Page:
So why not give it to them? Now usually, one tries to avoid doing what the enemy wants. But when the enemy’s firmest desire is based on delusion, that rule no longer applies. ISIS has no real conception of how militarily mismatched it is. Yes, Kobane gave them something of an inkling, but even there the US deployed and displayed only a fraction its capabilities. Nothing like an Arc Light raid of the Vietnam War, or the kind of power unleashed in Desert Storm.
This does not mean rushing in to fight on their terms. It means forcing or maneuvering them into a position where they have to stand and fight in a way that makes them vulnerable to a pounding. To use their eagerness to fight a climactic battle to lure them into a fight they cannot win.
The closest historical analog to ISIS is the Mahdist War of 1881-1899. This conflict culminated in the Battle of Omdurman, in which a massive Islamist army was lured into attacking a much smaller British-Egyptian army equipped with the latest in small arms, machine guns, and artillery, which resulted in the Mahdists’ utter destruction: they lost over 50 percent casualties. The very fanaticism that had carried the Mahdists to victory after victory was the cause of their utter ruin. That could be a model for the war on ISIS.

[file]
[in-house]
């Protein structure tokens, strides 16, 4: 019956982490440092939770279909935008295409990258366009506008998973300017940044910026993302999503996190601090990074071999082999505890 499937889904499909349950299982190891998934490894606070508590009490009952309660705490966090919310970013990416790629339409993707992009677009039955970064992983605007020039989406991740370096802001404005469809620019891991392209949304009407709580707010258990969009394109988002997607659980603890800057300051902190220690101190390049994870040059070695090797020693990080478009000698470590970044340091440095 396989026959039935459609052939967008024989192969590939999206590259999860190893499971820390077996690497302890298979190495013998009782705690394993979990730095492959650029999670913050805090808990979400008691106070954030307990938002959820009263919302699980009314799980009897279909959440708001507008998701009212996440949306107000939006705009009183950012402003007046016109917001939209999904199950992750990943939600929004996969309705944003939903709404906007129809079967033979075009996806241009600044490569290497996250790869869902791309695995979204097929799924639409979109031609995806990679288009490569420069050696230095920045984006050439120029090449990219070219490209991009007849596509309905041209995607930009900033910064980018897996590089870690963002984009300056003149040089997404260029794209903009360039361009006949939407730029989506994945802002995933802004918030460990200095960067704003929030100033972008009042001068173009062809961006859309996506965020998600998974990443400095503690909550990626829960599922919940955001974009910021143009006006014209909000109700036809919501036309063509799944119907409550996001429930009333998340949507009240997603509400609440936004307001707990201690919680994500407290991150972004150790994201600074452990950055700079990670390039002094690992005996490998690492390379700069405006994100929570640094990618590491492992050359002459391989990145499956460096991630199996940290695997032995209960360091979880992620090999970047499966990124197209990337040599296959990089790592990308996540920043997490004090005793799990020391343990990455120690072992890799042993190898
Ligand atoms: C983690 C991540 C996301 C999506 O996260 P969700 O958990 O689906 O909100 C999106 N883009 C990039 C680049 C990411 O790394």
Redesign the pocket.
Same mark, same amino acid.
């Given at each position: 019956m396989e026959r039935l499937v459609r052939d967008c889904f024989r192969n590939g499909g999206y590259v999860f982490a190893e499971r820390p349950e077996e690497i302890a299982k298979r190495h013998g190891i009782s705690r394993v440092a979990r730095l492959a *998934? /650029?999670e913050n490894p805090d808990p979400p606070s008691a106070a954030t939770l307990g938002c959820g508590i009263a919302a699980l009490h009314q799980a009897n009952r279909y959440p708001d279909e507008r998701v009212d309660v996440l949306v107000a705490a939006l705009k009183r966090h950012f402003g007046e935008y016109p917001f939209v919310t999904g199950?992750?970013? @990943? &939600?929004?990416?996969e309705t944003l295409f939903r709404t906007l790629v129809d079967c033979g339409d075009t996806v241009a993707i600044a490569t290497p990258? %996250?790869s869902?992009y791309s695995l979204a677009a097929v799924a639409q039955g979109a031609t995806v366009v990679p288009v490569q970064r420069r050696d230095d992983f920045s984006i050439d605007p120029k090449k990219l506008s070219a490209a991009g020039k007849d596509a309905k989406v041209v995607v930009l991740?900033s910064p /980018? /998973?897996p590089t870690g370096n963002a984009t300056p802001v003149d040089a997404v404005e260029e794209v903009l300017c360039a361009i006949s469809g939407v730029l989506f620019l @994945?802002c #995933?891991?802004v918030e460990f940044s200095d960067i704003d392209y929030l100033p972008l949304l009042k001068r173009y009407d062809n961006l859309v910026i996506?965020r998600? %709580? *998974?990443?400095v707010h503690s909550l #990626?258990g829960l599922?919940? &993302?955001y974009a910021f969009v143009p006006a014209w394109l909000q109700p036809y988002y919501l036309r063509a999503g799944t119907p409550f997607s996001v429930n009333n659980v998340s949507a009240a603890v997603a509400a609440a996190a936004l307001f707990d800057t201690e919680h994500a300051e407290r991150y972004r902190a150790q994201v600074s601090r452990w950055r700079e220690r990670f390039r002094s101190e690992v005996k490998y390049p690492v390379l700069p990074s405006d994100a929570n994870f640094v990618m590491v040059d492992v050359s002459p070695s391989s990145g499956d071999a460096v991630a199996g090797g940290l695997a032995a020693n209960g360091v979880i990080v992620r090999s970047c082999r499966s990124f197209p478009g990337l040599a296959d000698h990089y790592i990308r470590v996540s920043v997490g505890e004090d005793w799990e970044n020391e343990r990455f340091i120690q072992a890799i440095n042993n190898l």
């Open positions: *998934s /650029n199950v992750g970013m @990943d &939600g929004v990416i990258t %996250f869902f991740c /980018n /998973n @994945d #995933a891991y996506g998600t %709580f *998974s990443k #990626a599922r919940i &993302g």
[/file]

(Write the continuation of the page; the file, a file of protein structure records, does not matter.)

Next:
We only defeated the fanatical Japanese and the fanatical Nazis in WWII by killing them in vast numbers. That is the only way to defeat the current breed of fanatic. And fortunately, ISIS is neither so numerous, nor militarily capable, as either such foe, and current American capability makes the forces of the 1940s look like toys by comparison.
So rather than being a reason to shrink from fighting it, ISIS’s eschatological vision and mad thirst for battle against the New Romans is its greatest vulnerability. The smart thing for them to do would be hit and run: but we can use their fanaticism to get them to stand and fight. American strategy should be focused on making their dearest wishes come true. As Sherman said, War is the remedy ISIS has chosen, and I say let us give them all they want, but on our terms, exploiting our advantages.
ISIS needs to be introduced to the America of Billy Sherman and Andy Jackson. But we have Barry Obama.